Jeanette Winterson had an unusual childhood. She was born in 1959 in Manchester, England and was adopted by Pentecostal parents, who brought her up in the nearby mill-town of Accrington. From an early age, her parents groomed her to become a missionary and by the time she was eight, Winterson was writing and delivering sermons at local church “tent meetings.” Reading was not encouraged in the Winterson home unless it was the Bible, which was one of six books in the family library. However, Mallory’s Morte d’Arthur was also in the collection, and it was reading this classic that spurred Winterson’s life-long fascination with reading and writing.
At 15, Winterson’s love affair with another girl was discovered and condemned by her church and community. She left home at 16 and supported herself for the next few years through various odd jobs, including working as an ice-cream van driver, a funeral parlor make-up artist, and a domestic worker in a mental institution. While working, she continued her education and eventually earned her B.A. in English from Oxford University in 1981.
After college, Winterson worked for the next six years in London for a theatre and then for a publishing company. During that time she wrote her first novel, Oranges Are Not the Only Fruit (1985), which won the prestigious Whitbred Award for a first novel. With the release of her next two award-winning novels, The Passion (1987) and Sexing the Cherry (1989), Winterson established herself as a highly original new voice in contemporary literature. These novels, as well as her later works, explore the topics and themes of feminism, fantasy, sexuality, history, and myth, with lyrical and imaginative prose. The New York Times remarked that Winterson “possesses the ability to combine the biting satire of Swift with the ethereal magic of Garcia Marquez, the ability to reinvent old myths even as she creates new ones of her own.” Winterson is also the author of the experimental novels Written on the Body (1992), Art and Lies (1994) and Gut Symmetries (1997), as well as a collection of essays, Art Objects (1995).
Winterson is the recipient of numerous awards, including the BAFTA Best Drama and the Prix Italia awards for her television adaptation of Oranges Are Not the Only Fruit; the John Llewelyn Rhys Memorial Prize for The Passion; and the E.M. Forster Award from the American Academy of Arts and Letters for Sexing the Cherry. Her work has been translated into more than 16 languages. She resides in England in the Gloucestershire countryside and in London.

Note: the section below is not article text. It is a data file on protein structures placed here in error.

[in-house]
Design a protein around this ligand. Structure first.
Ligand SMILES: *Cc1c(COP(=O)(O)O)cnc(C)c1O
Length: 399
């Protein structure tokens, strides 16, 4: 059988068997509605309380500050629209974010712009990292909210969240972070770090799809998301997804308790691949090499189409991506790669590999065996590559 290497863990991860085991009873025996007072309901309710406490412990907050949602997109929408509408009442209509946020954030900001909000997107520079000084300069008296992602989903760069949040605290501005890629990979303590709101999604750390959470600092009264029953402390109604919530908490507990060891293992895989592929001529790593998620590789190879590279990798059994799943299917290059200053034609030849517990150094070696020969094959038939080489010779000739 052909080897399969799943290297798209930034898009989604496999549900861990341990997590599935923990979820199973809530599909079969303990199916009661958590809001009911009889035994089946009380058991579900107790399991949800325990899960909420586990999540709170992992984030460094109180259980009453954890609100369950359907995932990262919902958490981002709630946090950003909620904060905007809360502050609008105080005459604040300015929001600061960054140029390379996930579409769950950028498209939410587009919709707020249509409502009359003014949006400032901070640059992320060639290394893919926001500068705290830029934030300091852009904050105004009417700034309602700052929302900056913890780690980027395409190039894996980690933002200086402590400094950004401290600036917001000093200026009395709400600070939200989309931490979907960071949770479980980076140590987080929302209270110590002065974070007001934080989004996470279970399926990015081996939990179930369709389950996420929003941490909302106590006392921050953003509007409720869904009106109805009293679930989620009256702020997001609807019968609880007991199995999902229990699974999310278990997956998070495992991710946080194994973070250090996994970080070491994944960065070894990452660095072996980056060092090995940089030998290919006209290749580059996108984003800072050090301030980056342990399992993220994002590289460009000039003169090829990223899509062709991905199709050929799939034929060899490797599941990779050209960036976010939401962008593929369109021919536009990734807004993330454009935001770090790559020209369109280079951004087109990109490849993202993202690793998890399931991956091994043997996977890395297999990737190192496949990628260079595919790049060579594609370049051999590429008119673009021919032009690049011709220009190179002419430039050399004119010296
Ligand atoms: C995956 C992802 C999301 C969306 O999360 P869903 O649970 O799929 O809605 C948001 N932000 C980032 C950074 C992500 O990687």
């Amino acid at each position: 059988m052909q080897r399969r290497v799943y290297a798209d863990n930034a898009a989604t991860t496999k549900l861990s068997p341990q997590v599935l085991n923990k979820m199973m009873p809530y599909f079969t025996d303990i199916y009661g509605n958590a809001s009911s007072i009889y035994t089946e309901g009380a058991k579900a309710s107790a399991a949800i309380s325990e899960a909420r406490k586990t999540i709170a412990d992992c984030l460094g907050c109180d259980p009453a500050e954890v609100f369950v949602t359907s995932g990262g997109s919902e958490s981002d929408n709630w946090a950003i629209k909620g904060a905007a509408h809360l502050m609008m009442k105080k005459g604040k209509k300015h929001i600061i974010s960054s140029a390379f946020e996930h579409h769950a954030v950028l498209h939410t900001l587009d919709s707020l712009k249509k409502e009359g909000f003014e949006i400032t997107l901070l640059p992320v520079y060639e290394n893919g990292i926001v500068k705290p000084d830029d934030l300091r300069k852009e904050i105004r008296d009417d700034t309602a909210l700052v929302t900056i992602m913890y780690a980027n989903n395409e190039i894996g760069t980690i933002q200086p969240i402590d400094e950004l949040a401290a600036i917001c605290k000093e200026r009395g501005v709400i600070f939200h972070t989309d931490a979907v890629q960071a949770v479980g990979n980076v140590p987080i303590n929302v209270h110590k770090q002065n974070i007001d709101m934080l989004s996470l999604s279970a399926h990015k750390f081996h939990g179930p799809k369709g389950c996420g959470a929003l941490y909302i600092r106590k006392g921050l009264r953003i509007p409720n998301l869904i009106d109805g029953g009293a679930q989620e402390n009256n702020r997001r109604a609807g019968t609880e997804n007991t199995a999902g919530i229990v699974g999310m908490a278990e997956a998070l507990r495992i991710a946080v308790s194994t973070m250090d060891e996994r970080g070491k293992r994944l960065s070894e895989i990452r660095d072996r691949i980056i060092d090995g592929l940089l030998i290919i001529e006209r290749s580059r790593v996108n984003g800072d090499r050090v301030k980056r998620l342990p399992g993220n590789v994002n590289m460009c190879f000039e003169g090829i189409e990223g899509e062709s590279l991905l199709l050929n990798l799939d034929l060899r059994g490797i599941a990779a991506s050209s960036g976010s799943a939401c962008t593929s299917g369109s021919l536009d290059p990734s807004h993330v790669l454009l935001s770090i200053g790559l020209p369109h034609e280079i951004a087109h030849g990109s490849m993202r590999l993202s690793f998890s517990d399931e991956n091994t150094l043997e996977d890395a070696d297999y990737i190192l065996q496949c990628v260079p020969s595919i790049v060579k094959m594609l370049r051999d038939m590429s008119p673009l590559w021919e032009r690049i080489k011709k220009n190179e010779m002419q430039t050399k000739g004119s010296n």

Excerpt from The Passion (1998)
There is a city surrounded by water with watery alleys that do for streets and roads and silted up back ways that only the rats can cross. Miss your way, which is easy to do, and you may find yourself staring at a hundred eyes guarding a filthy palace of sacks and bones. Find your way, which is easy to do, and you may meet an old woman in a doorway. She will tell your fortune, depending on your face.
This is the city of mazes. You may set off from the same place to the same place every day and never go by the same route. If you do so, it will be by mistake. Your bloodhound nose will not serve you here. Your course in compass reading will fail you. Your confident instructions to passers-by will send them to squares they have never heard of, over canals not listed in the notes.
Although wherever you are going is always in front of you, there is no such thing as straight ahead. No as the crow flies short cut will help you to reach the café just over the water. The short cuts are where the cats go, through the impossible gaps, round corners that seem to take you the opposite way. But here, in this mercurial city, it is required you do awake your faith.
With faith, all things are possible.
Rumour has it that the inhabitants of this city walk on water. That, more bizarre still, their feet are webbed. Not all feet, but the feet of the boatmen whose trade is hereditary.
This is the legend.
When a boatman’s wife finds herself pregnant she waits until the moon is full and the night empty of idlers. Then she takes her husband’s boat and rows to a terrible island where the dead are buried. She leaves her boat with rosemary in the bows so that the limbless ones cannot return with her and hurries to the grave of the most recently dead in her family. She has brought her offerings: a flask of wine, a lock of hair from her husband and a silver coin. She must leave the offerings on the grave and beg for a clean heart if her child be a girl and boatman’s feet if her child be a boy. There is no time to lose. She must be home before dawn and the boat must be left for a day and a night covered in salt. In this way, the boatmen keep their secrets and their trade. No newcomer can compete. And no boatman will take off his boots, no matter how you bribe him. I have seen tourists throw diamonds to the fish, but I have never seen a boatman take off his boots.
Selected WorkThe Powerbook (2000)Gut Symmetries (1997)Written on the Body (1992)Sexing the Cherry (1989)The Passion (1987)Oranges Are Not the Only Fruit (1985)
LinksJeanette Winterson’s own siteThe Modern Word’s biography on WintersonSalon.com interview with WintersonThe Jeanette Winterson Reader’s Site